This post also appears on scotusblog.com
In the state where the law of same-sex marriage remains the most confused, an Alabama judge has asked the state’s highest court to get ready to promptly allow such marriages if the Supreme Court rules in their favor, avoiding “foot-dragging or other forms of resistance.”
Hinting at the state’s history of resistance to racial desegregation, and pleading for its future reputation, Probate Judge Steven L. Reed of Montgomery argued on Tuesday that the state judiciary “should make clear that it will not seek to delay the ability of Alabama citizens to exercise their constitutional rights as they are declared by the Supreme Court of the United States.”
Reed is one of sixty-eight probate judges in the state now under orders by the state supreme court to refrain from issuing any more marriage licenses to same-sex couples, based on that tribunal’s new ruling that the state ban on such marriages satisfies the federal Constitution. Reed made his plea in an application for the state supreme court to reconsider its ruling. While he made clear that he opposes that ruling, he did not ask that it be reopened and instead urged the state supreme court justices simply to make clear that their order against marriage licenses would be lifted promptly after a Supreme Court decision allowing such marriages under the Fourteenth Amendment.
The Supreme Court is scheduled to take up the constitutional issue at a hearing on April 28, and Judge Reed said it would be deciding the issue by this summer and added that it “seems likely that the Court will hold that couples do have that right.”
Reed, who sits in the state’s second-largest city, had been issuing marriage licenses based upon a ruling by a federal judge in Mobile, striking down the state’s ban. Other judges were doing the same, until the state supreme court ordered them to stop.
While a flurry of federal and state court rulings across the nation over the past twenty-one months have clarified the constitutionality of same-sex marriages, with most ruling in its favor, the situation in Alabama has moved steadily into deeper confusion. One federal judge has put on hold any ruling on the issue, and the federal judge who did strike down the ban is considering a plea to make her ruling effective statewide. The conflict with the state supreme court’s order is clear for the state judges who are now or may soon be covered by contradictory rulings.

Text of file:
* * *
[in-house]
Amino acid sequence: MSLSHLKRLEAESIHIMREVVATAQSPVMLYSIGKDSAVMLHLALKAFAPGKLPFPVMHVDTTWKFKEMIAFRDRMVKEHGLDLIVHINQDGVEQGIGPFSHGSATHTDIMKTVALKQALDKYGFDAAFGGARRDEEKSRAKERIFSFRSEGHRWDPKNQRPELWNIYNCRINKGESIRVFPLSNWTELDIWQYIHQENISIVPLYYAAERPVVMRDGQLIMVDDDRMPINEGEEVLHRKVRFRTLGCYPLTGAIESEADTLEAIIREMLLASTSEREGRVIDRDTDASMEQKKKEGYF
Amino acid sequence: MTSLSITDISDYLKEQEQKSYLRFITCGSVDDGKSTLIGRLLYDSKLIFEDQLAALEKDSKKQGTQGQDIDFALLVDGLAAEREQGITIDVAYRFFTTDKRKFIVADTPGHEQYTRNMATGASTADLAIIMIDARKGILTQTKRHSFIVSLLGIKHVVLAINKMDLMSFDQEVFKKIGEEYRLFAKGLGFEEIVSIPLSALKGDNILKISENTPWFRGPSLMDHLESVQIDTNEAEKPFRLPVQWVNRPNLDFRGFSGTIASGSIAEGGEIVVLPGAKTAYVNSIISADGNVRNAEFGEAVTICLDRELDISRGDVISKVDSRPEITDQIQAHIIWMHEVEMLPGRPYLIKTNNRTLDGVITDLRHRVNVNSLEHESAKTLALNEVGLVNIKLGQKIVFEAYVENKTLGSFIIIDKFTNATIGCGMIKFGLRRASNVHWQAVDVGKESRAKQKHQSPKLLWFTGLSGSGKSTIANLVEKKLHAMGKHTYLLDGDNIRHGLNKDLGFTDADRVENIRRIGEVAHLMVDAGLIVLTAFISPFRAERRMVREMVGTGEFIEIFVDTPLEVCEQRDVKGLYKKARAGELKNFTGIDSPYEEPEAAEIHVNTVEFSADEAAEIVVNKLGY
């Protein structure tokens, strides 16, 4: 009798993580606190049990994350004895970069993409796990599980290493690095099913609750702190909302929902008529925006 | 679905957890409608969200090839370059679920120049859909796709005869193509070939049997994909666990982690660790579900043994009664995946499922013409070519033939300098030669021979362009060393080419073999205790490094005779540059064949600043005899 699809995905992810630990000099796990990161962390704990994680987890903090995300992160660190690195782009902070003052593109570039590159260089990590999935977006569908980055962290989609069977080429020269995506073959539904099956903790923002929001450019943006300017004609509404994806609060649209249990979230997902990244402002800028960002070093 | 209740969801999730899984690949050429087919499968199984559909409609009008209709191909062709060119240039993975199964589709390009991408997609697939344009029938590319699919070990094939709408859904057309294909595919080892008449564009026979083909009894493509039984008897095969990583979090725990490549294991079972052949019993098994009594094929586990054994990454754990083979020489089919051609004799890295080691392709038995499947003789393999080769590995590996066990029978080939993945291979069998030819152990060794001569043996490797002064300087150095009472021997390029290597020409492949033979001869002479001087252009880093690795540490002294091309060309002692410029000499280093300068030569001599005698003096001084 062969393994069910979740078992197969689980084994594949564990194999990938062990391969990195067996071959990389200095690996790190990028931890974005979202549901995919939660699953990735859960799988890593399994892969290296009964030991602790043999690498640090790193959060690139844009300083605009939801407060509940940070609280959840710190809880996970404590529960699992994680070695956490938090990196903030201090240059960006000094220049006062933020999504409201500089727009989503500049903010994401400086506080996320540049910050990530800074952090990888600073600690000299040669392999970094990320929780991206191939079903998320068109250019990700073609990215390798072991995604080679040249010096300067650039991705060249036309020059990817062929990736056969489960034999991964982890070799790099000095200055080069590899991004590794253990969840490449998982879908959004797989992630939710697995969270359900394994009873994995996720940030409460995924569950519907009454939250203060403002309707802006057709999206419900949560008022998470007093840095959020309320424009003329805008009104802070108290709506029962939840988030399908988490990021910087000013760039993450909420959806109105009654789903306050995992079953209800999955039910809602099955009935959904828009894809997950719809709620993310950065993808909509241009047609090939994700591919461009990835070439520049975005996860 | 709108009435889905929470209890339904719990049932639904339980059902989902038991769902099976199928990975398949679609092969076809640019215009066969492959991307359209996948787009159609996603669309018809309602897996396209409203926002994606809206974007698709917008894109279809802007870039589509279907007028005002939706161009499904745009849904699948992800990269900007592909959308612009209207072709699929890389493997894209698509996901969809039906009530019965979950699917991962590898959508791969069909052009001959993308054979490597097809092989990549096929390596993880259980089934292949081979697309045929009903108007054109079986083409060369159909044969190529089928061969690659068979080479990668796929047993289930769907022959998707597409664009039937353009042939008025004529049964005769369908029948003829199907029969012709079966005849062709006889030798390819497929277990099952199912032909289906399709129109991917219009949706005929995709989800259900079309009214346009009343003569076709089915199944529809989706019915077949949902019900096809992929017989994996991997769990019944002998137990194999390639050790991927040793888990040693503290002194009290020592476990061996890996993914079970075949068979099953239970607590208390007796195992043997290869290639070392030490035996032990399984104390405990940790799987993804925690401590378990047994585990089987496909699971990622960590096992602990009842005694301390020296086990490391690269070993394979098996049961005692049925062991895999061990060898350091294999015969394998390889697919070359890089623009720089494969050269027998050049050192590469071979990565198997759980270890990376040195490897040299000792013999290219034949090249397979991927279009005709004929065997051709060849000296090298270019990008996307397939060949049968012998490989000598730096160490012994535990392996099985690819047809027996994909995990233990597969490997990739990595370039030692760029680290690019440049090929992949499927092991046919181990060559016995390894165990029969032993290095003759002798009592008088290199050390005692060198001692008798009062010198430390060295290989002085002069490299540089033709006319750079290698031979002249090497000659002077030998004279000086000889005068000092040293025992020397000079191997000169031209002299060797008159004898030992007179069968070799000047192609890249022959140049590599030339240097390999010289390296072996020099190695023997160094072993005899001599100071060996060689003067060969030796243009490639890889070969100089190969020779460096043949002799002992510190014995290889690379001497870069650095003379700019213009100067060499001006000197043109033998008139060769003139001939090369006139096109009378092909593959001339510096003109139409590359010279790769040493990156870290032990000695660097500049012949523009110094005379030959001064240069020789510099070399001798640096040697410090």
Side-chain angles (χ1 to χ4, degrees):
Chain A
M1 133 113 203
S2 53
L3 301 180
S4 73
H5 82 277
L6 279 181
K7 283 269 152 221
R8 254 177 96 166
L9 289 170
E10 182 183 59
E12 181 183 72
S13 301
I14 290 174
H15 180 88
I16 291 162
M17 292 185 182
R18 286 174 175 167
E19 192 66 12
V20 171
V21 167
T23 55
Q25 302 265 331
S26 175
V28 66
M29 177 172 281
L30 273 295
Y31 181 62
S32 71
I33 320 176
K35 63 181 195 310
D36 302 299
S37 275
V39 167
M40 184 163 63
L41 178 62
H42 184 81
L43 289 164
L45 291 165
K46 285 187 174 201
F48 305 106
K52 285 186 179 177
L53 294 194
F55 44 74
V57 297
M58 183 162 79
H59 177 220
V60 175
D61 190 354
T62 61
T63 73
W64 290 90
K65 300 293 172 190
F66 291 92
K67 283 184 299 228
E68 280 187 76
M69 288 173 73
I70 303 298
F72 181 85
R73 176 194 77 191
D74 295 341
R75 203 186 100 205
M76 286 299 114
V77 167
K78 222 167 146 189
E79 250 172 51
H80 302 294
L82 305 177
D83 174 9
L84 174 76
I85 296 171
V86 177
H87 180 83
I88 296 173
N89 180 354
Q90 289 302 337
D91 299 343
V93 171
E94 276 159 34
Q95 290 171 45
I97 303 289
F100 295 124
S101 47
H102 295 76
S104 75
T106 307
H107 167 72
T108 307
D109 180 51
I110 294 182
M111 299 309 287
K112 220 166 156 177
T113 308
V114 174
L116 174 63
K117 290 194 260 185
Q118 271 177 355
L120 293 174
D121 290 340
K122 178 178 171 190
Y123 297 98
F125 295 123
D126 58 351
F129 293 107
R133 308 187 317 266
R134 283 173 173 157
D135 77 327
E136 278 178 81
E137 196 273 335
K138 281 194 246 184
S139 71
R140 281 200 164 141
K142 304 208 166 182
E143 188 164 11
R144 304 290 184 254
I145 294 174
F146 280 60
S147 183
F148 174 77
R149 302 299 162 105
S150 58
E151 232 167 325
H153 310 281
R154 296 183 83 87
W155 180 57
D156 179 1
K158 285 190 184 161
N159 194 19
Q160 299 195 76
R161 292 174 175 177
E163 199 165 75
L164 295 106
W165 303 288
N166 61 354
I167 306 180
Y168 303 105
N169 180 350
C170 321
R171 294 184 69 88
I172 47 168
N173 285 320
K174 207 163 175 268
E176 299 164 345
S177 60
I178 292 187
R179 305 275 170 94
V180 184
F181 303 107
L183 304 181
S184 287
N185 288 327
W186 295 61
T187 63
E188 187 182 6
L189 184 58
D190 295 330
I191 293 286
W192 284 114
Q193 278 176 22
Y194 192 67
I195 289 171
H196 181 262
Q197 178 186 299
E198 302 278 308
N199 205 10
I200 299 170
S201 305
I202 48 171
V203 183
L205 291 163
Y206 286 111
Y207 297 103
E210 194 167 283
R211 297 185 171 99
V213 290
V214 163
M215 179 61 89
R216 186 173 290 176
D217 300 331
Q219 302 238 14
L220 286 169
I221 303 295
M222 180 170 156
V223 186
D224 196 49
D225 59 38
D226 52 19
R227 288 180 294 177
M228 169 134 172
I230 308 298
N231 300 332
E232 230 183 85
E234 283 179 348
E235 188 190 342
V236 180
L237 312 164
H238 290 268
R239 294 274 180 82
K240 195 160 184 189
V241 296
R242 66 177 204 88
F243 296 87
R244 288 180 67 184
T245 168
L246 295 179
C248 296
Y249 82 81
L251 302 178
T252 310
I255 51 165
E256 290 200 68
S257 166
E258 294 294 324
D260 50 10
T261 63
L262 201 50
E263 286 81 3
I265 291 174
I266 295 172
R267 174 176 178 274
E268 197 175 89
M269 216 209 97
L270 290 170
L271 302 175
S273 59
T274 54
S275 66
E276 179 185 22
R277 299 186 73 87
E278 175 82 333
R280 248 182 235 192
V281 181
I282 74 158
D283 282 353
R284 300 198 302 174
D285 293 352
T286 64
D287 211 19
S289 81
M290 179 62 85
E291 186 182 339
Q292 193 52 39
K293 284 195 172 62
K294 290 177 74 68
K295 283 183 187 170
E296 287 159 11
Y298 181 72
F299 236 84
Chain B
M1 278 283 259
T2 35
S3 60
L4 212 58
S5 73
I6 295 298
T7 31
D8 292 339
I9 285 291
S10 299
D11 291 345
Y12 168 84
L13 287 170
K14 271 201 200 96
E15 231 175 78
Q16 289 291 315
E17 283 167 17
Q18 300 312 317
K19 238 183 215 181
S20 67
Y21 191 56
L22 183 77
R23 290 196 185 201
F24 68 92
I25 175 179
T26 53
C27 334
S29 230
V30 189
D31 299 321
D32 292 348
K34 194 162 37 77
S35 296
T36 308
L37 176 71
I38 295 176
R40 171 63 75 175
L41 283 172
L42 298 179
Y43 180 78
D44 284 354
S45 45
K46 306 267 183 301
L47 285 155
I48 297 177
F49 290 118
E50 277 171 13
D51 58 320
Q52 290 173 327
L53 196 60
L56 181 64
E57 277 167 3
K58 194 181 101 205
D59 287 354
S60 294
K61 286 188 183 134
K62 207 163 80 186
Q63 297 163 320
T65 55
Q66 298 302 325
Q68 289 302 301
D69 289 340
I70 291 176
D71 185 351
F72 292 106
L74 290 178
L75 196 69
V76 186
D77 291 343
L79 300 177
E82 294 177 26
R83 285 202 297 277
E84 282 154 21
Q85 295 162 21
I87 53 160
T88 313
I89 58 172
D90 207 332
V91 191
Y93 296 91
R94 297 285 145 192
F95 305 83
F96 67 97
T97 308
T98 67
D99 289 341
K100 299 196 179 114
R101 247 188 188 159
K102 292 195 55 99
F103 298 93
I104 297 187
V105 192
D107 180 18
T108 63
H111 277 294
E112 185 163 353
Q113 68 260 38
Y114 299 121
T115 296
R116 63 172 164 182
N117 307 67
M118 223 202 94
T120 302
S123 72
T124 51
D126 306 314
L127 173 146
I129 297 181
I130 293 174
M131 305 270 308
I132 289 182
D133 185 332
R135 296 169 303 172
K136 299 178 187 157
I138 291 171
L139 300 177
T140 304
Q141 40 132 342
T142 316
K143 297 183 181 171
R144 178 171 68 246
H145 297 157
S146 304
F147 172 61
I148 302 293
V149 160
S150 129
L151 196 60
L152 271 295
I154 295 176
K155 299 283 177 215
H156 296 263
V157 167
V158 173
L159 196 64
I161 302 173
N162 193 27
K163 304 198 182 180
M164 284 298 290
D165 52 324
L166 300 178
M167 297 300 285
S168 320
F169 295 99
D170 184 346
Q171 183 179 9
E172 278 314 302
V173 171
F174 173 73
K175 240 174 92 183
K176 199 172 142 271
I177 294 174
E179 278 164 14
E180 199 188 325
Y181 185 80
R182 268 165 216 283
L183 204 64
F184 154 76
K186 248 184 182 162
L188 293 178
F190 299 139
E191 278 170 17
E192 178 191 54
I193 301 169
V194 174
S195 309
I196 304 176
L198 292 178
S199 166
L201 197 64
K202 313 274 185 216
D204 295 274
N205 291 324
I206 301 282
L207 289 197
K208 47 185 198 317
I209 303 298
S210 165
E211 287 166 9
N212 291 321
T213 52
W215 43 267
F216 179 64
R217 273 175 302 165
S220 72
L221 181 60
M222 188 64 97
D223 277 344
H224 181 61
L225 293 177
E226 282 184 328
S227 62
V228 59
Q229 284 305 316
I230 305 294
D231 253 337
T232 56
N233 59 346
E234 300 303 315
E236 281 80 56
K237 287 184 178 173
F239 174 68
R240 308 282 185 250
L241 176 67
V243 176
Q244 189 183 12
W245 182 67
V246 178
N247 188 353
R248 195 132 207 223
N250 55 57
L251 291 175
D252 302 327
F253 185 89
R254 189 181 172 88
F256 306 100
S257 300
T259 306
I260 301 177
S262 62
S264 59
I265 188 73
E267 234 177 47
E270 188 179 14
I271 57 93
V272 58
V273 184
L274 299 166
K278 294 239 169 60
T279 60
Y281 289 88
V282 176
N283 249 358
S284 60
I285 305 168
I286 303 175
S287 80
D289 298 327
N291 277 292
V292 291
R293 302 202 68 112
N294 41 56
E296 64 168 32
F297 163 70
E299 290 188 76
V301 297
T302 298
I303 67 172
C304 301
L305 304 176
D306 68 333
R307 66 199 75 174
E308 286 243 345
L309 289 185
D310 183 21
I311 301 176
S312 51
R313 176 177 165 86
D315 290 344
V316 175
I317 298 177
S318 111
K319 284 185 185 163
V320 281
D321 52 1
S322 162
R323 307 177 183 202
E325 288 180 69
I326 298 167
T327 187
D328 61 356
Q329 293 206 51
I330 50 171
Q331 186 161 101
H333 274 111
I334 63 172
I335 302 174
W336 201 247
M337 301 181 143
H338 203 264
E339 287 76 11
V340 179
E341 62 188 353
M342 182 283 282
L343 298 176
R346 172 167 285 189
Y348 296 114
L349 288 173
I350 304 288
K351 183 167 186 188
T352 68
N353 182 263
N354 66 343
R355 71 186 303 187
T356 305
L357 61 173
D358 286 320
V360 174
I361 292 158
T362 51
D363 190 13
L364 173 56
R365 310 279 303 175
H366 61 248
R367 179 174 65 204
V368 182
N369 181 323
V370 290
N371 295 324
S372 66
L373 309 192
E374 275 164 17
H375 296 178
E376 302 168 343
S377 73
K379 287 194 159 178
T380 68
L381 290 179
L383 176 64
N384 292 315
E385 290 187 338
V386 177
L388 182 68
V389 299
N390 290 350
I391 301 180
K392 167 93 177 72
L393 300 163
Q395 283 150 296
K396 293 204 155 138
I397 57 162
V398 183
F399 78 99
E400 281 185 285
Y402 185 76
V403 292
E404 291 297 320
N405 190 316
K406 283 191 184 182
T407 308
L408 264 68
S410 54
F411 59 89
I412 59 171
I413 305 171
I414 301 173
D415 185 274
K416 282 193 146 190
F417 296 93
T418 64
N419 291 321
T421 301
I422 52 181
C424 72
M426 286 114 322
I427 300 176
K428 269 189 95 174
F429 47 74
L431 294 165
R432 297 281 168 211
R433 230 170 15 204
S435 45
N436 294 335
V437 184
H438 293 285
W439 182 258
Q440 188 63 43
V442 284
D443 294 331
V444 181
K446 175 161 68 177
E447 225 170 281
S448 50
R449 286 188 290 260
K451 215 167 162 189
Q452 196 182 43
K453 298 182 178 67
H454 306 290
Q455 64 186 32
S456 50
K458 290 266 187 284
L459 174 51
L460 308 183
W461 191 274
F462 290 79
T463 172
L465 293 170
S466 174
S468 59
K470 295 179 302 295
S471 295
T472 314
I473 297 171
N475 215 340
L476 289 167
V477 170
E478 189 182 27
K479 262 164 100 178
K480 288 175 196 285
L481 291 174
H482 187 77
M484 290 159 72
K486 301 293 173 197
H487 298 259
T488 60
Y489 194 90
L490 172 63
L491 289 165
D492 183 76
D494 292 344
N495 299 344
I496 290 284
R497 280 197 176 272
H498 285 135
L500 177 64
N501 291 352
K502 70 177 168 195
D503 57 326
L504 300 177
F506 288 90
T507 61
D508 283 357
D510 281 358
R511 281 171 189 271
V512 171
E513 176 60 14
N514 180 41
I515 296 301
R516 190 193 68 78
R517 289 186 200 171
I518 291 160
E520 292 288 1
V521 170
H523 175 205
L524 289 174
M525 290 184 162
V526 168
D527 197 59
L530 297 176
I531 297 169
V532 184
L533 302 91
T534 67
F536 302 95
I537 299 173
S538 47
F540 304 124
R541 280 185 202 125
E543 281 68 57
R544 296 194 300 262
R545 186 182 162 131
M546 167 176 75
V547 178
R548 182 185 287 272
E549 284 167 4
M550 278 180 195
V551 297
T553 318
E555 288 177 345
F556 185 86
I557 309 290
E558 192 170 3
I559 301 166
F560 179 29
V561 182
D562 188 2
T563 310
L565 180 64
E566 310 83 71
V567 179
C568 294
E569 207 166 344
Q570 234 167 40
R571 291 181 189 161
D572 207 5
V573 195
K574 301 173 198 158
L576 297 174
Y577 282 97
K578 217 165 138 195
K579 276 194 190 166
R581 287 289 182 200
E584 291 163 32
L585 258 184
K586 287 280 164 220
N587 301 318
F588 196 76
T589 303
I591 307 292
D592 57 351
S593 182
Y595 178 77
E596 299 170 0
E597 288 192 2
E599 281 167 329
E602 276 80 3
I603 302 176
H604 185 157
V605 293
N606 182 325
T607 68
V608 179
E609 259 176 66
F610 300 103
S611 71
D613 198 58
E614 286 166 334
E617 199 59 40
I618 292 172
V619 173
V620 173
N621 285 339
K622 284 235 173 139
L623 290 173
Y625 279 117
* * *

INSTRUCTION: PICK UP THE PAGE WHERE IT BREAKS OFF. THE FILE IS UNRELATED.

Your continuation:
The Supreme Court and the U.S. Court of Appeals for the Eleventh Circuit both refused to postpone the federal judge’s ruling against the state ban. After that, the state supreme court, citing its own independent authority to interpret the federal Constitution, issued its ruling upholding the ban and ordering that it remain in force statewide.
Judge Reed told the state court that “many sophisticated legal observers” expect the Supreme Court to decide in favor of an equal right of same-sex couples to marry, and commented that its refusal to block the federal judge’s order on that issue “is seen by many as a strong clue suggesting such an outcome.”
If such a ruling comes down by the end of the Supreme Court’s current Term, the judge said, “it is a practical certainty that one or more such couples will apply” to him for a marriage license. The Alabama Supreme Court, he asked, should clear the way now for him to do so in that event. If it does not do so, he said, he could be put in “an untenable position” between a Supreme Court ruling and a state court order.
While he could, in that circumstance, ask the state court to lift its order, he said, that would cost money and result in delay, further complication, and the denial of declared constitutional rights to citizens of Montgomery County.
He suggested, “respectfully,” that “it is important for this court [the state Supreme Court] to demonstrate that Alabama is committed to the rule of law: that Alabama would not engage in foot-dragging or other forms of resistance to decisions of the Supreme Court of the United States about matters of constitutional rights.”